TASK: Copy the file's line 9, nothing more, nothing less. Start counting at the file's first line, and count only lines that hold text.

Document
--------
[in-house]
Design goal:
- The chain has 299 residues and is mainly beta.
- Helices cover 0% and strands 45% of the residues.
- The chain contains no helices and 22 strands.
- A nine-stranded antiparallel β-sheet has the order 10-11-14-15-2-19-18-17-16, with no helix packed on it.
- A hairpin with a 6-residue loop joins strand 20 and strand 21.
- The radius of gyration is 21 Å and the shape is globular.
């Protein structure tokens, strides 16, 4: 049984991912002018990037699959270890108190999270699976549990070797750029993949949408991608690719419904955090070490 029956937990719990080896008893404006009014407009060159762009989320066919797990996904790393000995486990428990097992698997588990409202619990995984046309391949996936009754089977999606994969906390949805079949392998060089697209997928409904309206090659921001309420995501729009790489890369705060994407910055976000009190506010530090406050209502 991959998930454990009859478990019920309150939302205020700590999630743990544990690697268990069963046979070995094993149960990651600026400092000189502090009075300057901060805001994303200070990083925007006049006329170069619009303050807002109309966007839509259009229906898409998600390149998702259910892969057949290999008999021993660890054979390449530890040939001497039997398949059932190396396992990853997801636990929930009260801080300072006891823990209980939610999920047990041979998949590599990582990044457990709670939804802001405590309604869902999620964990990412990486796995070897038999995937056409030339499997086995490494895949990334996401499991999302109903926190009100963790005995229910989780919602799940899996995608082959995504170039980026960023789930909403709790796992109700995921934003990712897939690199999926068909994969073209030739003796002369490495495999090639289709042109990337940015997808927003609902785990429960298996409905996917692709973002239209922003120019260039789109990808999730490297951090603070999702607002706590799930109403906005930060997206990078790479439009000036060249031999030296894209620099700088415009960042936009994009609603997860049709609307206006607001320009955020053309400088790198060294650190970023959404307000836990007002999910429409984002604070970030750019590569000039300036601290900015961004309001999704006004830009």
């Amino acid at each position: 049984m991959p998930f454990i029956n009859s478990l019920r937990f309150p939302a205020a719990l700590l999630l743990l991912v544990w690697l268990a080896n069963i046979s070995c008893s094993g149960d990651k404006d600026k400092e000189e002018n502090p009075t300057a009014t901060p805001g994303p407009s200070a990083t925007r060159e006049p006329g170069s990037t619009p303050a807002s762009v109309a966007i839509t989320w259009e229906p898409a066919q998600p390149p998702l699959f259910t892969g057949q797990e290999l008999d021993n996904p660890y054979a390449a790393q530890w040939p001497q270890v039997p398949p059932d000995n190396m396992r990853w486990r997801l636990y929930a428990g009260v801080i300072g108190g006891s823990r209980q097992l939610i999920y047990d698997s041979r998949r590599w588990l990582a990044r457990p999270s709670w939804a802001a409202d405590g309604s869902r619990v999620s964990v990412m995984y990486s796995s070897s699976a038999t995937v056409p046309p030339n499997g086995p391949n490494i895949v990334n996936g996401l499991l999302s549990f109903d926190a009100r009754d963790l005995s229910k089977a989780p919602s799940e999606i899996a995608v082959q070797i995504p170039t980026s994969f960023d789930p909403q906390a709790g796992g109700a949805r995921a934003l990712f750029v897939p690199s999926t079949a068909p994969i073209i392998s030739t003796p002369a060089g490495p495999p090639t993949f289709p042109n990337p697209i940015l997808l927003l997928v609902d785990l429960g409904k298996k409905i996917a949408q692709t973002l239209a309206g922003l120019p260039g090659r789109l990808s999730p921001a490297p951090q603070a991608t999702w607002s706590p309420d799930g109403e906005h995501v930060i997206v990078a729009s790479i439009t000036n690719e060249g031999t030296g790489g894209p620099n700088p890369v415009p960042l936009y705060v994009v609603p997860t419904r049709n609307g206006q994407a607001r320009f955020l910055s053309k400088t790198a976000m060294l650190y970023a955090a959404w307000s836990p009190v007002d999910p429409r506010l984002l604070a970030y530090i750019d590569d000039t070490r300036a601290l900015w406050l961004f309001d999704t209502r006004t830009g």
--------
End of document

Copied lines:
């Protein structure tokens, strides 16, 4: 049984991912002018990037699959270890108190999270699976549990070797750029993949949408991608690719419904955090070490 029956937990719990080896008893404006009014407009060159762009989320066919797990996904790393000995486990428990097992698997588990409202619990995984046309391949996936009754089977999606994969906390949805079949392998060089697209997928409904309206090659921001309420995501729009790489890369705060994407910055976000009190506010530090406050209502 991959998930454990009859478990019920309150939302205020700590999630743990544990690697268990069963046979070995094993149960990651600026400092000189502090009075300057901060805001994303200070990083925007006049006329170069619009303050807002109309966007839509259009229906898409998600390149998702259910892969057949290999008999021993660890054979390449530890040939001497039997398949059932190396396992990853997801636990929930009260801080300072006891823990209980939610999920047990041979998949590599990582990044457990709670939804802001405590309604869902999620964990990412990486796995070897038999995937056409030339499997086995490494895949990334996401499991999302109903926190009100963790005995229910989780919602799940899996995608082959995504170039980026960023789930909403709790796992109700995921934003990712897939690199999926068909994969073209030739003796002369490495495999090639289709042109990337940015997808927003609902785990429960298996409905996917692709973002239209922003120019260039789109990808999730490297951090603070999702607002706590799930109403906005930060997206990078790479439009000036060249031999030296894209620099700088415009960042936009994009609603997860049709609307206006607001320009955020053309400088790198060294650190970023959404307000836990007002999910429409984002604070970030750019590569000039300036601290900015961004309001999704006004830009």